Apart from the fact that Bellamy’s is a client of Fonterra’s, the issue is that it highlights the importance of the Chinese registration process and the opacity associated with the maintenance of licenses and registration. It would be easy to dismiss the Bellamy’s / CDI issues as simply being poor governance by that company. However, there are also reports that an Australian, Parmalat owned, facility has also had its license suspended. The press is reporting that this relates to “overheating” of pasteurised milk (although Parmalat say that they conform to both local and global standards) and also a related labelling issue (ie. heat treated product being labelled as “fresh”). While this may be a “one-off” as well, Parmalat is a large global player and arguably much more accomplished in its management of these issues.

In addition, there continues to be complexity around Fonterra’s own China relationships and specifically its influence at Beingmate. That stock price is last quoted at RMB 11.97 (compared with Fonterra’s RMB 18 investment price). The stock is currently suspended (supposedly pending a related party asset sale announcement expected this week) and follows the recent announcements (19 June) of plans to “scrap a milk powder renovation project due to policy reasons” (no explanation provided and I don’t know whether “policy reasons” is a reference to company or industry policy).

However, curiously while the stock is suspended for the above reasons, on Friday came an announcement of widening losses at Beingmate in H1. Fonterra management are quoted as being “relaxed” at their Beingmate involvement. I would feel more “relaxed” if the bad news was interspersed with the odd bit of good news! It will be interesting to see where the stock trades when it reopens!

The bottom line is that the Chinese market remains important to the sector as a whole and particularly to NZ and its major listed companies including Fonterra, Synlait and A2M. Those companies are all more professional and sophisticated in managing their China relationships than Bellamy’s would have appeared to be but China is never a market to be taken for granted and transparency is not its strongest point!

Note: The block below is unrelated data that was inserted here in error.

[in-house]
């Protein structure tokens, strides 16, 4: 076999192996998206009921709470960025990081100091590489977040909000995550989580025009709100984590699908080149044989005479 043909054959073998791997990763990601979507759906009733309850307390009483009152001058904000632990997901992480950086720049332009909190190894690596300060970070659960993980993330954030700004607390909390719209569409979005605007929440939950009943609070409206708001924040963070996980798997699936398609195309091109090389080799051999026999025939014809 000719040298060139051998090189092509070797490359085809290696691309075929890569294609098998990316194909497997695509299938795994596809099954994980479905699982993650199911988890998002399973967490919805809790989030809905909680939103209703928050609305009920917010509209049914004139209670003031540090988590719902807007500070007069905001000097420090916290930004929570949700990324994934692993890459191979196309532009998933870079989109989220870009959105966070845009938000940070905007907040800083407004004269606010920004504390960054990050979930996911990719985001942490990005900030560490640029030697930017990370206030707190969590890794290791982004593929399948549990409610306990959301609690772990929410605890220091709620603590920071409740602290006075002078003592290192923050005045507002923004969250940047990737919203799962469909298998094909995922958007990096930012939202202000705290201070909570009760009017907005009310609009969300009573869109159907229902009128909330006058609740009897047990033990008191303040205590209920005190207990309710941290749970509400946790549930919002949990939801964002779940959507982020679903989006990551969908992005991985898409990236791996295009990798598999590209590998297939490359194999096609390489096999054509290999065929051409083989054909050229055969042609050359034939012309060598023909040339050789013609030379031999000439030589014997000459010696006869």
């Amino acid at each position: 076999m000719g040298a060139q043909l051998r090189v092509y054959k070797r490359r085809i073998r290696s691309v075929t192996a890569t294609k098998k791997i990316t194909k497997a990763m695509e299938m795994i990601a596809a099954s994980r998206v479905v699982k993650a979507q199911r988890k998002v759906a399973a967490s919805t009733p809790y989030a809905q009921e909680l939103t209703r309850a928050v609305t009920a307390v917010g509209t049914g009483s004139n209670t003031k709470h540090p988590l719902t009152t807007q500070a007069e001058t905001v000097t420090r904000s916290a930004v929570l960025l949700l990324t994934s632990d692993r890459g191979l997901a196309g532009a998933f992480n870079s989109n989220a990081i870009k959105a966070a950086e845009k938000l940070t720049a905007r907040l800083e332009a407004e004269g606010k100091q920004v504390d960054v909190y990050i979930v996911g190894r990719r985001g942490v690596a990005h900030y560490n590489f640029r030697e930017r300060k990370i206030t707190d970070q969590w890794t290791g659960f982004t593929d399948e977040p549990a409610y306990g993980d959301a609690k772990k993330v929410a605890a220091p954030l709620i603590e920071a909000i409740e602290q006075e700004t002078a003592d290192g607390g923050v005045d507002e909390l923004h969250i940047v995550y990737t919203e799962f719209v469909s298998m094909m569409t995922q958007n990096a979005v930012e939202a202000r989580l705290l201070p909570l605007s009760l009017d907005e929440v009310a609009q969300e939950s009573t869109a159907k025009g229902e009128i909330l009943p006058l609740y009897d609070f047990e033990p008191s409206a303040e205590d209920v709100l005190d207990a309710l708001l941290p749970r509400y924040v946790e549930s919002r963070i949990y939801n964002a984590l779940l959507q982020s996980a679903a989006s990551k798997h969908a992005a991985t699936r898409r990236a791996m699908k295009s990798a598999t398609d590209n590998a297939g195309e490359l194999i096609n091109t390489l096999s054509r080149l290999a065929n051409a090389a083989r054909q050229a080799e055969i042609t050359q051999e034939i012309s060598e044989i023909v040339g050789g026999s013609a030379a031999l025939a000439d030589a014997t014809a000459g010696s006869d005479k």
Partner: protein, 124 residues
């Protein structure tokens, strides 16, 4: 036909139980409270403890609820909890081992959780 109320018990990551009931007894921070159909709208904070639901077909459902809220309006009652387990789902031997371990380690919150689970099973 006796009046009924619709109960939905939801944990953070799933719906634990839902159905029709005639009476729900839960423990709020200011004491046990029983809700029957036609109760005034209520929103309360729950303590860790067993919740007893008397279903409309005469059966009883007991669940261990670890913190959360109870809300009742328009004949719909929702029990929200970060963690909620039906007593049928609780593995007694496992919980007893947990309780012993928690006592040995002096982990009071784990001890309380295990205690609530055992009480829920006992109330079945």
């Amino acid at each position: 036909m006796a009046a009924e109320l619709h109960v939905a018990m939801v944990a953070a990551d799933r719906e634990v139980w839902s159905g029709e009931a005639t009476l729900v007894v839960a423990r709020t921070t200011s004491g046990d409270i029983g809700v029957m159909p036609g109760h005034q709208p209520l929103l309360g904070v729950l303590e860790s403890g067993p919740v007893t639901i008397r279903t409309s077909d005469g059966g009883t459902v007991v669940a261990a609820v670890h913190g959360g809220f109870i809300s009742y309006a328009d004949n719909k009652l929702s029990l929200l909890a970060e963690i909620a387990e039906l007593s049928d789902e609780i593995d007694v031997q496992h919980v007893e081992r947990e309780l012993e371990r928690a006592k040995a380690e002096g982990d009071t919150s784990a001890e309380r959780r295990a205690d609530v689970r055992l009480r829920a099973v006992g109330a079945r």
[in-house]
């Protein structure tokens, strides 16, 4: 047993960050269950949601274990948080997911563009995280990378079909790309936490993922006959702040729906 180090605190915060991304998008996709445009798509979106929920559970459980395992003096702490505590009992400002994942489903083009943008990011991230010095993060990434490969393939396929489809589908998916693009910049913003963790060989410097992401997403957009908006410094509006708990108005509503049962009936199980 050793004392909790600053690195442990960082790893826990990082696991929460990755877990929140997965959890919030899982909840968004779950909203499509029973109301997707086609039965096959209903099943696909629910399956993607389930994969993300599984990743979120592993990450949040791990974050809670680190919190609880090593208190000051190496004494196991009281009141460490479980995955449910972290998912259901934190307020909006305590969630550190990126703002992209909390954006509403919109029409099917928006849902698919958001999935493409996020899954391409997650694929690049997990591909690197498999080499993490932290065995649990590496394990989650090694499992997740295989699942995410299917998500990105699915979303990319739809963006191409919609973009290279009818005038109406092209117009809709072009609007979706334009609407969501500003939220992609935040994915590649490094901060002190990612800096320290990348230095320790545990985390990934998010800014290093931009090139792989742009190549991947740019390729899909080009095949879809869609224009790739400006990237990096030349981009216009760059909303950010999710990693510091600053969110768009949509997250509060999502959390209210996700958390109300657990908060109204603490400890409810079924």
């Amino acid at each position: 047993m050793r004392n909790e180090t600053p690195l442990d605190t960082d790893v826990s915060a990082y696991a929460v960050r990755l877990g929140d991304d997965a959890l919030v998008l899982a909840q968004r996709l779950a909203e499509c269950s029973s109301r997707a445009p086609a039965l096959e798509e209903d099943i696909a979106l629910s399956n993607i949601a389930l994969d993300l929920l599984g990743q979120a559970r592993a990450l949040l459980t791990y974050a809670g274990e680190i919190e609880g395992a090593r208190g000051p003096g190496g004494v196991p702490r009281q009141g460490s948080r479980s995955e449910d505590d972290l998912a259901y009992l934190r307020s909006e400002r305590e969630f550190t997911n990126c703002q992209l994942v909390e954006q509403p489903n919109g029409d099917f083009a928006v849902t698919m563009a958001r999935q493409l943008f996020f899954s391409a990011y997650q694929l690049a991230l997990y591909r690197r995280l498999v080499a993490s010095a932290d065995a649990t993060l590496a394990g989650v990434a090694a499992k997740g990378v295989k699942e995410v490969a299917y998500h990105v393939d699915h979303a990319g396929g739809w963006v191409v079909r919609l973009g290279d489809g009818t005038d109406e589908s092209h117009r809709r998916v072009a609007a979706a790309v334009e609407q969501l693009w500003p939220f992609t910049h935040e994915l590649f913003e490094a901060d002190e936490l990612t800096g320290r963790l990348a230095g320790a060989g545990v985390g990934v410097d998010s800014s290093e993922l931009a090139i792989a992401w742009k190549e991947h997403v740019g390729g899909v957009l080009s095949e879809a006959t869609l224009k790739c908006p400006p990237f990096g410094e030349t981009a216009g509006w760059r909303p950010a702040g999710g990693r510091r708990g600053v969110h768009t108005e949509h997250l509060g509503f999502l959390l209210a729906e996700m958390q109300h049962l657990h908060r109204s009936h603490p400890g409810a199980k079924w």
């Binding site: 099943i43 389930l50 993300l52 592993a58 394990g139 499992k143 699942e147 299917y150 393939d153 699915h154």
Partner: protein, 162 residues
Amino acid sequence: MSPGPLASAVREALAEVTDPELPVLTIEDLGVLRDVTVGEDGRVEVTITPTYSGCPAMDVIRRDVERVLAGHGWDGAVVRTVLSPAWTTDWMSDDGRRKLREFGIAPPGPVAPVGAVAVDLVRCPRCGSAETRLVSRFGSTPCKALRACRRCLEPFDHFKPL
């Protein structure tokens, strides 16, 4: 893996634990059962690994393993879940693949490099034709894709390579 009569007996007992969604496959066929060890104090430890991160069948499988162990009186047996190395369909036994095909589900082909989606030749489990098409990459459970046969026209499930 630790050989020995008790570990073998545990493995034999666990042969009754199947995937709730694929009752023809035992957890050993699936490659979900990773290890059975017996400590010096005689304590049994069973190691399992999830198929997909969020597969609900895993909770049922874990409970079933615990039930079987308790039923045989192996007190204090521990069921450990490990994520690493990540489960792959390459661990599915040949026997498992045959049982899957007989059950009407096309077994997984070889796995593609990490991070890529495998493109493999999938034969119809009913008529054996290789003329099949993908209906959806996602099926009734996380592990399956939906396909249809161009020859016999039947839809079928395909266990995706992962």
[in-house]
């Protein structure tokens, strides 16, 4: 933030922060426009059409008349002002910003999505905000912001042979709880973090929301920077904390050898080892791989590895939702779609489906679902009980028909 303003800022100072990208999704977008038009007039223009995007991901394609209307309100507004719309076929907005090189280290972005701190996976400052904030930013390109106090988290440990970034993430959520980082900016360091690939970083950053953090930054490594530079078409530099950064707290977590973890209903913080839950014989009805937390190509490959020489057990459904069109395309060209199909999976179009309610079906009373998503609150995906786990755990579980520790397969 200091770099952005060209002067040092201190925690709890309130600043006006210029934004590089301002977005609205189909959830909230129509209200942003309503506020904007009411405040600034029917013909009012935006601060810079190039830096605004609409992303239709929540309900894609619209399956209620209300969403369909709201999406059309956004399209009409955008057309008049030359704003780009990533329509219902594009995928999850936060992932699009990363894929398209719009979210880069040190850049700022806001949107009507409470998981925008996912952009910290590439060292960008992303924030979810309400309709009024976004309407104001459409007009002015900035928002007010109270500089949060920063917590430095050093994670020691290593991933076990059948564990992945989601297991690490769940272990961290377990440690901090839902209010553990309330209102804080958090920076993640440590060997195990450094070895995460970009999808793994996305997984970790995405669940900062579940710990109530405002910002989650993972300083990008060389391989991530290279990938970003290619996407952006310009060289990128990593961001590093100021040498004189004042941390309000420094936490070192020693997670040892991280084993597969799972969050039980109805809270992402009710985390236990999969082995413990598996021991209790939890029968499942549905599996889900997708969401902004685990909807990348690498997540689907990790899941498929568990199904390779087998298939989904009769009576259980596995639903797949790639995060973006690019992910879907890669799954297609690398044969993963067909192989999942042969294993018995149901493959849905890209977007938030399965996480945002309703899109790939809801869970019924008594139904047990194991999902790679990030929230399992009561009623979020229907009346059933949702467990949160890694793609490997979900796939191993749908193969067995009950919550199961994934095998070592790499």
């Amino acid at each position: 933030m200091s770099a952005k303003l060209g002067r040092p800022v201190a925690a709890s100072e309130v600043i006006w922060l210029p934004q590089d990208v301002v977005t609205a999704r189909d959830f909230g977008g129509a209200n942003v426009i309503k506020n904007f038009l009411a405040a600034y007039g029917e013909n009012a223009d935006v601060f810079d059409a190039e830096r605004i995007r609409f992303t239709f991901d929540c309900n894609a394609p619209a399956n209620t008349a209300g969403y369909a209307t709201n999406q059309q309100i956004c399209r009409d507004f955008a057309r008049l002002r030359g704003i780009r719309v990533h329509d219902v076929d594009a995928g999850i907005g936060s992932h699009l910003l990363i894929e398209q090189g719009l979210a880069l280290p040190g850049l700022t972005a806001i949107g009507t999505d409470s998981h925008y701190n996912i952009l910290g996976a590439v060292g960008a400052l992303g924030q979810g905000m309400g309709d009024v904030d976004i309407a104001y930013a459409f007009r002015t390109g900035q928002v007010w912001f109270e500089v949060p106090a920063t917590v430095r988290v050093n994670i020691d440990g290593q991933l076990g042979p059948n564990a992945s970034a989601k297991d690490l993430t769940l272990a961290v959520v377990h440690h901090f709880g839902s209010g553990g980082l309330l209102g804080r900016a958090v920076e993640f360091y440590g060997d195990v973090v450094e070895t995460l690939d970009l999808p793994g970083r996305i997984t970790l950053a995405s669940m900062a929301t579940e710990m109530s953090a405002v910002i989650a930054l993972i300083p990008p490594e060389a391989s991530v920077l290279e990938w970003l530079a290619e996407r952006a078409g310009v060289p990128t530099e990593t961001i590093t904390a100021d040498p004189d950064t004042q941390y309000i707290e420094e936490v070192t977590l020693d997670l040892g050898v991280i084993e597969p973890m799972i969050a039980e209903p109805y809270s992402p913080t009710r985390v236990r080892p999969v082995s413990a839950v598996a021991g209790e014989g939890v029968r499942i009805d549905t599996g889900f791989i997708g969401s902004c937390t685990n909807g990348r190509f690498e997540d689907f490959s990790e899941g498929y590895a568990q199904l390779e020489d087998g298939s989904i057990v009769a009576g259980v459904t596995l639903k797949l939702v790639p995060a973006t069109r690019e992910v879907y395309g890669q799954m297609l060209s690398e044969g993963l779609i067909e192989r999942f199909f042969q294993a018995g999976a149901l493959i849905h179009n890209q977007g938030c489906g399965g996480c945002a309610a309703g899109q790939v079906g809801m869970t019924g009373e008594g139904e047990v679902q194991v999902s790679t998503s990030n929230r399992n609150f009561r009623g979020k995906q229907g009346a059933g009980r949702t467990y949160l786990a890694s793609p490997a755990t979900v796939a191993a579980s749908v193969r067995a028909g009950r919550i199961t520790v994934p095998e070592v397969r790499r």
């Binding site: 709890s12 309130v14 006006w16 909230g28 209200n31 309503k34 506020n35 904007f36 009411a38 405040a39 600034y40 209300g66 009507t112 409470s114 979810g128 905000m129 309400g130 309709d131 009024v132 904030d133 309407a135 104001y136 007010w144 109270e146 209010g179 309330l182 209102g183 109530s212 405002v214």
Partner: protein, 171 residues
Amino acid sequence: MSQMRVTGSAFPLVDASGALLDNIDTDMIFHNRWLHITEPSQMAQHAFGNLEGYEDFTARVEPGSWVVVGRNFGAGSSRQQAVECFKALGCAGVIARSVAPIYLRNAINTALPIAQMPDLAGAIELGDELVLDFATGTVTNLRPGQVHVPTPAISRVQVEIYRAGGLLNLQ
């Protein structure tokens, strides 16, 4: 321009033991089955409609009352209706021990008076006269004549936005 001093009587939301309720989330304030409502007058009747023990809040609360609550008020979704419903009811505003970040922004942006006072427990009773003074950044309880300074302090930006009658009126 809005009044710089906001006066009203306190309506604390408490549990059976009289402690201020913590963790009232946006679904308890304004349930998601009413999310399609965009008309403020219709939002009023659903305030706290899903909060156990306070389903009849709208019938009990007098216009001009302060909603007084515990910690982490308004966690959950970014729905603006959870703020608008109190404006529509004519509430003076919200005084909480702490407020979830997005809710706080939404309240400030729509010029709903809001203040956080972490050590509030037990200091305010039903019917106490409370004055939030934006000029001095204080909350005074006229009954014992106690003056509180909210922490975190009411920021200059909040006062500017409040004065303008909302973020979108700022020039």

EU – Japan Trade Deal:
I have been in Europe for the last couple of weeks so I am not sure how much publicity this announcement received in Australasia. It was a bit under the radar in the UK as well, given Brexit. However, Europe and Japan announced what is widely being termed the “cars for cheese deal”. There are some complexities and pre-requisites and some 15 year phase outs for some tariffs but in essence the agreement is aimed at providing duty-free access for almost all agri-food exports (according to the EU). Japan had been reluctant to open up its dairy sector but has conceded full tariff elimination for some (soft) cheeses and other dairy products while in other cases a quota system would apply for duty free access. Hard cheese tariffs will be phased out over 15 years. It is promising to see Japan moving on agricultural imports. However, the prize of removing barriers to Japanese car exports is something worth bargaining for!

Conclusion:
Commodity product prices continue to point to some stability in the GDT auction this week. That said, it is unusual to see such an extended period of low price volatility.

The corporate scene (particularly in Australia) is experiencing considerably greater volatility and suggests that “below the surface of calm prices”, the market remains challenging for many participants. At the end of the day, farmers will prosper most when the various elements of the value chain are prospering and that does not appear to currently be the case.